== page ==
abstract = "Food packaging papers are not sterile, as the manufacturing is an open process, and the raw materials contain bacteria. We modeled the potential transfer of the Bacillus cereus spores from packaging paper to food by using a green fluorescent protein-expressing construct of Bacillus thuringiensis Bt 407Cry(-) [pHT315Omega(papha3-gfp)], abbreviated BT-1. Paper (260 g m(-2)) containing BT-1 was manufactured with equipment that allowed fiber formation similar to that of full-scale manufactured paper. BT-1 adhered to pulp during papermaking and survived similar to an authentic B. cereus. Rice and chocolate were exposed to the BT-1-containing paper for 10 or 30 days at 40 or 20 degrees C at relative air humidity of 10 to 60{\%}. The majority of the spores remained immobilized inside the fiber web; only 0.001 to 0.03{\%} transferred to the foods. This amount is low compared with the process hygiene criteria and densities commonly found in food, and it does not endanger food safety. To measure this, we introduced BT-1 spores into the paper in densities of 100 to 1,000 times higher than the amounts of the B. cereus group bacteria found in commercial paper. Of BT-1 spores, 0.03 to 0.1{\%} transferred from the paper to fresh agar surface within 5 min of contact, which is more than to food during 10 to 30 days of exposure. The findings indicate that transfer from paper to dry food is restricted to those microbes that are exposed on the paper surface and readily detectable with a contact agar method.",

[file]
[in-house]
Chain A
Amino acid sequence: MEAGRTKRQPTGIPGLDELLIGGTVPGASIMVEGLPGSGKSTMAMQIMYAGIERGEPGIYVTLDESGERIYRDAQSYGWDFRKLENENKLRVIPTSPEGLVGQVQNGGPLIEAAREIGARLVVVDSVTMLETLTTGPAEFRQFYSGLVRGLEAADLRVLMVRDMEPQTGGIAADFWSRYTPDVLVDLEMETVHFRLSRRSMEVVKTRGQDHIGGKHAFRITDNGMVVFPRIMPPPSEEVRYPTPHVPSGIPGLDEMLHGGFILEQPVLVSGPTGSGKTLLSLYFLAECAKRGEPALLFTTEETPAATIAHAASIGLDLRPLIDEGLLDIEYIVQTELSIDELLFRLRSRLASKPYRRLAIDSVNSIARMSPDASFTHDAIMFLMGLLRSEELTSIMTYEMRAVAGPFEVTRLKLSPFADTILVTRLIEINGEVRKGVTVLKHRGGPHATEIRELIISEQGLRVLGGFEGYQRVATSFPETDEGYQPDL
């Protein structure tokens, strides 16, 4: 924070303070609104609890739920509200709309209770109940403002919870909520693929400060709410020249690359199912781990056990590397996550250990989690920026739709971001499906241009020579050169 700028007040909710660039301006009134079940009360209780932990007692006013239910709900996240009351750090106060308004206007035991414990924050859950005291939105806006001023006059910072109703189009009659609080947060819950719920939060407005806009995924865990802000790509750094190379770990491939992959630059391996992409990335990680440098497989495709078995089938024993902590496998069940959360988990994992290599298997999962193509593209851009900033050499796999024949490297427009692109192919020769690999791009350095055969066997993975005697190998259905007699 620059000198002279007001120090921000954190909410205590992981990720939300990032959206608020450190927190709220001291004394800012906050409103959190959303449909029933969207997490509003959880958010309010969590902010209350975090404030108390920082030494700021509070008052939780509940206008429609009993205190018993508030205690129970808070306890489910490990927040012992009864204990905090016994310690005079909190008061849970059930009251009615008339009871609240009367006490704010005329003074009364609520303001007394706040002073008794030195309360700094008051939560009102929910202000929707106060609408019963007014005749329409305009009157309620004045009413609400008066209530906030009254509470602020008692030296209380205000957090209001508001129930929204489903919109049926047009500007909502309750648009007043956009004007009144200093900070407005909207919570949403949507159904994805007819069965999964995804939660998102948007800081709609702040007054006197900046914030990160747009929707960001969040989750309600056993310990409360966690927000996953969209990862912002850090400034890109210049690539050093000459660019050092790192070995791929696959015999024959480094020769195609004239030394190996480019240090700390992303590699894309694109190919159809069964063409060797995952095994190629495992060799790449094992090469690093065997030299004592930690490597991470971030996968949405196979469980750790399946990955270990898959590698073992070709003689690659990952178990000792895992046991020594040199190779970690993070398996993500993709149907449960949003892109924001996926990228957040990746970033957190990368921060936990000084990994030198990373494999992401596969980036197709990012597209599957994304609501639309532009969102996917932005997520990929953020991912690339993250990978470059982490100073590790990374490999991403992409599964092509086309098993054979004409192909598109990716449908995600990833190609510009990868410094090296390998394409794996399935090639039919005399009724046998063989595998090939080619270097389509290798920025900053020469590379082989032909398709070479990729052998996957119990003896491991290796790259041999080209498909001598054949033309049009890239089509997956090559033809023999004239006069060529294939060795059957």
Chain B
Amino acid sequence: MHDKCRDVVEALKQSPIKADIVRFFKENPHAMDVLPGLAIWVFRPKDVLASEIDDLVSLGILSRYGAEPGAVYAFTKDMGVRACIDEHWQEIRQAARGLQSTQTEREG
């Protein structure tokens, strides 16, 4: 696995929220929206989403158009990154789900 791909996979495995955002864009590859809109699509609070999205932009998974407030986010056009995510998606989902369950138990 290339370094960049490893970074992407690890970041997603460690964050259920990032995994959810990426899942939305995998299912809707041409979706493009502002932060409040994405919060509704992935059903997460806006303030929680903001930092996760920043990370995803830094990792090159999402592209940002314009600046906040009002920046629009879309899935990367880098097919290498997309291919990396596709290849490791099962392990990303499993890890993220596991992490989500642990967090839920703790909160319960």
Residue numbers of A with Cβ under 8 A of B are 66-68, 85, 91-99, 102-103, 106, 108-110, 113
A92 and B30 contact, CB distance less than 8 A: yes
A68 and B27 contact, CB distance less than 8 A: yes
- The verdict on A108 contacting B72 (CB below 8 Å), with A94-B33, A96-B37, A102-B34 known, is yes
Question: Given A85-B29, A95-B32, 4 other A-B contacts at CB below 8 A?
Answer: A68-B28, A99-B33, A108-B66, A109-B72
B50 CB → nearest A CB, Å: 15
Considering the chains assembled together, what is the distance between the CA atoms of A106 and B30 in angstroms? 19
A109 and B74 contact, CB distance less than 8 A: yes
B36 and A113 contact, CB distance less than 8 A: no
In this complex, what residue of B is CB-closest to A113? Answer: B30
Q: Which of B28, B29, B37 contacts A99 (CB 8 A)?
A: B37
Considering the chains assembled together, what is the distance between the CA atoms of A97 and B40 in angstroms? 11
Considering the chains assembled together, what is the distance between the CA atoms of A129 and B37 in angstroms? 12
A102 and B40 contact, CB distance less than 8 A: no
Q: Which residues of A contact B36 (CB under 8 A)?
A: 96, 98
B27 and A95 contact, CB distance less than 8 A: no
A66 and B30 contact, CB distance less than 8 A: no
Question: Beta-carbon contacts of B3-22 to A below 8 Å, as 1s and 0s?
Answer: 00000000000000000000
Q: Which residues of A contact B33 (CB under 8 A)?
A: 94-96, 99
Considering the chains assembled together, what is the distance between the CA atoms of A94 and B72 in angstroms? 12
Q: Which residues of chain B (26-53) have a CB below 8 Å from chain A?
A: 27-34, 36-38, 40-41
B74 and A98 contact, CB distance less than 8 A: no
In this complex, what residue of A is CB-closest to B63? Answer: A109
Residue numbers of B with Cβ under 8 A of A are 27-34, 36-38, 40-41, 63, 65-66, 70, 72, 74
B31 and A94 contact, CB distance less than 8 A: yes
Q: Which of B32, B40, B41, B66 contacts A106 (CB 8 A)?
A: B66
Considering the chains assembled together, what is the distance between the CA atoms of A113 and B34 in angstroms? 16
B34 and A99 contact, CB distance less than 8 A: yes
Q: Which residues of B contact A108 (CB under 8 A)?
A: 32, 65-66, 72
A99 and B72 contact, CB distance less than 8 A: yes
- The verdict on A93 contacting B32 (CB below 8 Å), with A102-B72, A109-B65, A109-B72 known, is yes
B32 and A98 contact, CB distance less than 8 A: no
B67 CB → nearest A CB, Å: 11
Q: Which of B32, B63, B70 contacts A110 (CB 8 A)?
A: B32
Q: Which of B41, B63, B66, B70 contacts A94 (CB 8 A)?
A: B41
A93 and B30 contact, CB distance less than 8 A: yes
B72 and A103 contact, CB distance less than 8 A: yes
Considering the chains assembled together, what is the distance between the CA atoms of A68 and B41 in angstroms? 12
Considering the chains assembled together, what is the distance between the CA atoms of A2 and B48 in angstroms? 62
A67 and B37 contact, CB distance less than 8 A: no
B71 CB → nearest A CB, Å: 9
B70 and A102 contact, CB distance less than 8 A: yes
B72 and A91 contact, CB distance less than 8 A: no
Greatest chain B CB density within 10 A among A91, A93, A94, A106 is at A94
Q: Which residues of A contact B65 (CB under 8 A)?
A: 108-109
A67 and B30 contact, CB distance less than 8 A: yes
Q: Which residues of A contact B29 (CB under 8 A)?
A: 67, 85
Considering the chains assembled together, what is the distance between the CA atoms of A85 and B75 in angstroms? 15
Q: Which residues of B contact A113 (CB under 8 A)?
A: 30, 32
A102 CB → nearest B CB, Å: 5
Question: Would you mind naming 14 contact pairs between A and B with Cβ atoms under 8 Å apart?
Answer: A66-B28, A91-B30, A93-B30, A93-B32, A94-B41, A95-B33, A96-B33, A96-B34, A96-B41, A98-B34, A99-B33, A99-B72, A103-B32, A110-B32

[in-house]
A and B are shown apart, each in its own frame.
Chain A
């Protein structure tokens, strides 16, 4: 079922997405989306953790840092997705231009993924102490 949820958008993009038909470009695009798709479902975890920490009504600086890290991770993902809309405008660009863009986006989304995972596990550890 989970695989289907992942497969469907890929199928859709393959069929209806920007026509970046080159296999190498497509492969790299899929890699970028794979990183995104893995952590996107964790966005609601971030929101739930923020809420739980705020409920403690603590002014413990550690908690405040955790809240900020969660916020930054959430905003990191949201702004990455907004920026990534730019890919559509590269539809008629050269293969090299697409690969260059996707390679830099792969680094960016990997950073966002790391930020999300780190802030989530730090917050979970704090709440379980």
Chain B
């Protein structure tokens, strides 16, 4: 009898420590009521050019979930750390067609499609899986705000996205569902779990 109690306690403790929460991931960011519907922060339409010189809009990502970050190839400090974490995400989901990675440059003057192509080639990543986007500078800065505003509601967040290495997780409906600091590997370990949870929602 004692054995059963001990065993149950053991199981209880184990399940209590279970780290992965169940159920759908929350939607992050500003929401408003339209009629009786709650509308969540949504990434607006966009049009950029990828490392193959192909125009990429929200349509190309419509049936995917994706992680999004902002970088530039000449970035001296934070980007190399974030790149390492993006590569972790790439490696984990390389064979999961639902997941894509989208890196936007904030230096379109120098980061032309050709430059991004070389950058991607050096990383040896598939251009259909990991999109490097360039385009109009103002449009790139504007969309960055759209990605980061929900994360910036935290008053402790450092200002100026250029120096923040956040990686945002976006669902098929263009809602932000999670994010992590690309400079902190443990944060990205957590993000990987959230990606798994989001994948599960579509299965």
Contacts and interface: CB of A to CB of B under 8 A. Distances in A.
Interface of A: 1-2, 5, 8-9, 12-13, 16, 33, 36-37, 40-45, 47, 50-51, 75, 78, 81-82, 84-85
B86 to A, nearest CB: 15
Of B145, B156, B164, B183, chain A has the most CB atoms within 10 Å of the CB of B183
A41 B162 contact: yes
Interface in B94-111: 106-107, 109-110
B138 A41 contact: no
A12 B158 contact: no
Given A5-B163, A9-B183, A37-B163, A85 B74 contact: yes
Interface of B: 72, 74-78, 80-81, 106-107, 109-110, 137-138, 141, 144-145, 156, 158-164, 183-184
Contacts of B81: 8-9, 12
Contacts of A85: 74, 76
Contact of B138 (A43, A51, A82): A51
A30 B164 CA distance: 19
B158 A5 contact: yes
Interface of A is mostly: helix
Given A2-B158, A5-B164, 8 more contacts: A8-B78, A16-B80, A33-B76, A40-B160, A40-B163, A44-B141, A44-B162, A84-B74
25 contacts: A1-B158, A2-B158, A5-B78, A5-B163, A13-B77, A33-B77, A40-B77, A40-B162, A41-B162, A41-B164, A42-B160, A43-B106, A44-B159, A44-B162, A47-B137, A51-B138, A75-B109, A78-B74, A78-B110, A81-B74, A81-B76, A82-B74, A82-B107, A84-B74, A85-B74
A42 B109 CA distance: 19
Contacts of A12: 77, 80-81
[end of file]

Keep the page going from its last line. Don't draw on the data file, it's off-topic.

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Ekman, J, Tsitko, I, Weber, A, Nielsen-Leroux, C, Lereclus, D & Salkinoja-Salonen, M 2009, 'Transfer of Bacillus cereus spores from packaging paper into food', Journal of Food Protection, vol. 72, no. 11, pp. 2236-2242.

Transfer of Bacillus cereus spores from packaging paper into food. / Ekman, Jaakko (Corresponding Author); Tsitko, Irina; Weber, Assi; Nielsen-Leroux, Christina; Lereclus, Didier; Salkinoja-Salonen, Mirja.

In: Journal of Food Protection, Vol. 72, No. 11, 2009, p. 2236-2242.

Research output: Contribution to journalArticleScientificpeer-review

TY - JOUR

T1 - Transfer of Bacillus cereus spores from packaging paper into food

AU - Ekman, Jaakko

AU - Tsitko, Irina

AU - Weber, Assi

AU - Nielsen-Leroux, Christina

AU - Lereclus, Didier

AU - Salkinoja-Salonen, Mirja

PY - 2009

Y1 - 2009